© Copyright Chris Jacobs

6 of 7

PROFITABLE CUSTOMER LOYALTY - COST JUSTIFICATION -

Why do it? A loyalty scheme will not work if the retailer doesn’t have an attractive, sustainable proposition in the first place. It most certainly cannot be used to try and disguise a bad product or poor levels of service. The retailing house must be well and truly in order before a loyalty system can be contemplated. The reasons for implementing a loyalty system are that you can benefit from knowing your customers, you can engender loyalty if you have a sustainable attractive reward scheme and you can use it to overcome (or at least challenge) threats from the competition. But the real reason for putting in a customer loyalty system is in the numbers. If the numbers add up, then the case is proven. It’s as simple as that.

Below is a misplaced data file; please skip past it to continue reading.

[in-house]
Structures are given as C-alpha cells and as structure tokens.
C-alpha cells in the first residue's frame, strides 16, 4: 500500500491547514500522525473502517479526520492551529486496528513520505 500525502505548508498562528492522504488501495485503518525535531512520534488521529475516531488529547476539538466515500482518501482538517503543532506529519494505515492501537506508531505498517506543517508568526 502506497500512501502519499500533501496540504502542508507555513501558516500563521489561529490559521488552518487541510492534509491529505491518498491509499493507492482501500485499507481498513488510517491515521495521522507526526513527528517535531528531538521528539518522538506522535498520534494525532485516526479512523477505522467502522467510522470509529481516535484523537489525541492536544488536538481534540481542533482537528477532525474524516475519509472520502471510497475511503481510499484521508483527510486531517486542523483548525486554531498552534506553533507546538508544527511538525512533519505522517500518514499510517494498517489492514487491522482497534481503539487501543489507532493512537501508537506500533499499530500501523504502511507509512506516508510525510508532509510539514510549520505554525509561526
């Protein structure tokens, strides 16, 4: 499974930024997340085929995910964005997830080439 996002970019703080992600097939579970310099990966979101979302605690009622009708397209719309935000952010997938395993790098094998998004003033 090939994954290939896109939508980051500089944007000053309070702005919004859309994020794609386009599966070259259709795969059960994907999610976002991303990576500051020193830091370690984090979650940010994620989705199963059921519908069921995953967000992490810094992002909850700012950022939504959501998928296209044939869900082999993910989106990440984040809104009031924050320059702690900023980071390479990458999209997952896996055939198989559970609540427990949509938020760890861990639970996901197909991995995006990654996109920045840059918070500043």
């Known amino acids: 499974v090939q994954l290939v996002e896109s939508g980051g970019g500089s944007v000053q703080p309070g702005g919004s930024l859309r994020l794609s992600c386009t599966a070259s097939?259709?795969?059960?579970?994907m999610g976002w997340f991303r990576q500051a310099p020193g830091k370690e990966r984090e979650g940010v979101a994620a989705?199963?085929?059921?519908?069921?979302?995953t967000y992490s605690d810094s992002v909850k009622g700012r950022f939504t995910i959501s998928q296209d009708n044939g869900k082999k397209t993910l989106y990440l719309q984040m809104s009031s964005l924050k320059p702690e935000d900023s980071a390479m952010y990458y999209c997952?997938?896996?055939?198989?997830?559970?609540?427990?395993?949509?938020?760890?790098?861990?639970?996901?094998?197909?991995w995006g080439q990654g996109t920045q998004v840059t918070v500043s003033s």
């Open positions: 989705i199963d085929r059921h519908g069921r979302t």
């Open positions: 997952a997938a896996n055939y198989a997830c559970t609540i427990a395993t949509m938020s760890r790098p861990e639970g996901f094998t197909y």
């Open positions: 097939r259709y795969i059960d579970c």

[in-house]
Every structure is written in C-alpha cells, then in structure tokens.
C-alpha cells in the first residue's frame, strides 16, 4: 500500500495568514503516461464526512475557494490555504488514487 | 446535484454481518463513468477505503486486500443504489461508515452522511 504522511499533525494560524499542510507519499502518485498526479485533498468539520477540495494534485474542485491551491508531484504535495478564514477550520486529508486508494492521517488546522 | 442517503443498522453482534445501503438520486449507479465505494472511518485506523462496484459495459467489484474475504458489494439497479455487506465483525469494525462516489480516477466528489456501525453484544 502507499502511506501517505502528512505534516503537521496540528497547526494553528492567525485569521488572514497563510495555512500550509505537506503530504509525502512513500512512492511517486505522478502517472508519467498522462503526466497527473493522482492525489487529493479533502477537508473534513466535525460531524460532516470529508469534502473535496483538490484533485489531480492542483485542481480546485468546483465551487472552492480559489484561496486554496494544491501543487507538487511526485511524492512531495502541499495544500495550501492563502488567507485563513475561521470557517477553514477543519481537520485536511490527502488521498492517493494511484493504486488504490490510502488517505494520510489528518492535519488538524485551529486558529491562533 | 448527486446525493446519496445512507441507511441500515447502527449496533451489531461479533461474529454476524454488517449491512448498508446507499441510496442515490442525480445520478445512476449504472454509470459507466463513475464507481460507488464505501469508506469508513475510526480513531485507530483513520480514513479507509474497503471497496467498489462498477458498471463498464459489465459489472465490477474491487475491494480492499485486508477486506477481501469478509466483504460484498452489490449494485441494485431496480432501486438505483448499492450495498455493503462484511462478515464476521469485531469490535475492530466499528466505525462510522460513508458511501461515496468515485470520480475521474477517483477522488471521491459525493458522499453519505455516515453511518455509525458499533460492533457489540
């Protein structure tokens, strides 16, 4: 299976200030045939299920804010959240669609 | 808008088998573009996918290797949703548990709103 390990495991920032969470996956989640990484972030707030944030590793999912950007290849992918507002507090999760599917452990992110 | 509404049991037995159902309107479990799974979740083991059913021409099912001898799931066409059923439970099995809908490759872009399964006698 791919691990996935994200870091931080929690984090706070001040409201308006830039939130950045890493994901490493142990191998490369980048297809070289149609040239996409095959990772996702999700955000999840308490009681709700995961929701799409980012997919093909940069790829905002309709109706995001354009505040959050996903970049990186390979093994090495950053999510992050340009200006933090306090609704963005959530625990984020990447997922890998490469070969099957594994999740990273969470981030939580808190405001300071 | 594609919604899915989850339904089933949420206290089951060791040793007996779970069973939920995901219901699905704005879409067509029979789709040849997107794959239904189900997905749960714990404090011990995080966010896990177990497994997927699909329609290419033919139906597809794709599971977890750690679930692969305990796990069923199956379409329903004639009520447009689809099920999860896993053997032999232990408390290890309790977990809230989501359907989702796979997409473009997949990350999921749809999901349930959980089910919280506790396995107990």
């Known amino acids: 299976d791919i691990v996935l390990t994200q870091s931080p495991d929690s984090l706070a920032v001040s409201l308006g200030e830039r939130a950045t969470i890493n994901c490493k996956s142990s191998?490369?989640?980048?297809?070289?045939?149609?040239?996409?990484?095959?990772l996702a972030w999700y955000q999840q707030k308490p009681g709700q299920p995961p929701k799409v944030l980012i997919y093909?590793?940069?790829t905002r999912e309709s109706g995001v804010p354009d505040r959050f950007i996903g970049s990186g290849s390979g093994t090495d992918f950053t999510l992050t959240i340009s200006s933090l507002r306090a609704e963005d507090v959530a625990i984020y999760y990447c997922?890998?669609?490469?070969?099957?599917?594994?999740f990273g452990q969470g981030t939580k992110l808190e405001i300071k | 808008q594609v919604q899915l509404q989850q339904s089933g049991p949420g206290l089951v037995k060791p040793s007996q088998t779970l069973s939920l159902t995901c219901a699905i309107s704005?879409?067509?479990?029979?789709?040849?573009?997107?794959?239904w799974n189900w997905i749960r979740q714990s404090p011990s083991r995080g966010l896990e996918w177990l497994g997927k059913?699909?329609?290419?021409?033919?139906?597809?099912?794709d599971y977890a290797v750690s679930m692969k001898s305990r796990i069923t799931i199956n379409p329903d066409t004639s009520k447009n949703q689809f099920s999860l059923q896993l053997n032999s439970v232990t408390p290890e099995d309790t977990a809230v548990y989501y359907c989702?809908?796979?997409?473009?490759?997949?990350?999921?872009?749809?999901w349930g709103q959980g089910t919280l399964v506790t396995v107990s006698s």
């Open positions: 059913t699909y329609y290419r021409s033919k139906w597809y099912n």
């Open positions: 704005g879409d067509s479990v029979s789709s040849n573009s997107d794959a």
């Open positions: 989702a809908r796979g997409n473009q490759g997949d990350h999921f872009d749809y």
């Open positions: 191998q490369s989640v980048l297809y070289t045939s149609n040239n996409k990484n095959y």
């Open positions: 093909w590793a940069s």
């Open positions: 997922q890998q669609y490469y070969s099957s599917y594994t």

Contact Details Chris Jacobs Business Assyst Limited 11 Southern Haye Hartley Wintney Hampshire RG27 8TZ United Kingdom Telephone: 0845 838 7592 (UK only) Outside UK +44 (0) 1252 843543 Mobile: +44 (0) 7799 606064 Email: Chris.Jacobs@businessassyst.com

© Copyright Chris Jacobs

7 of 7


								
To top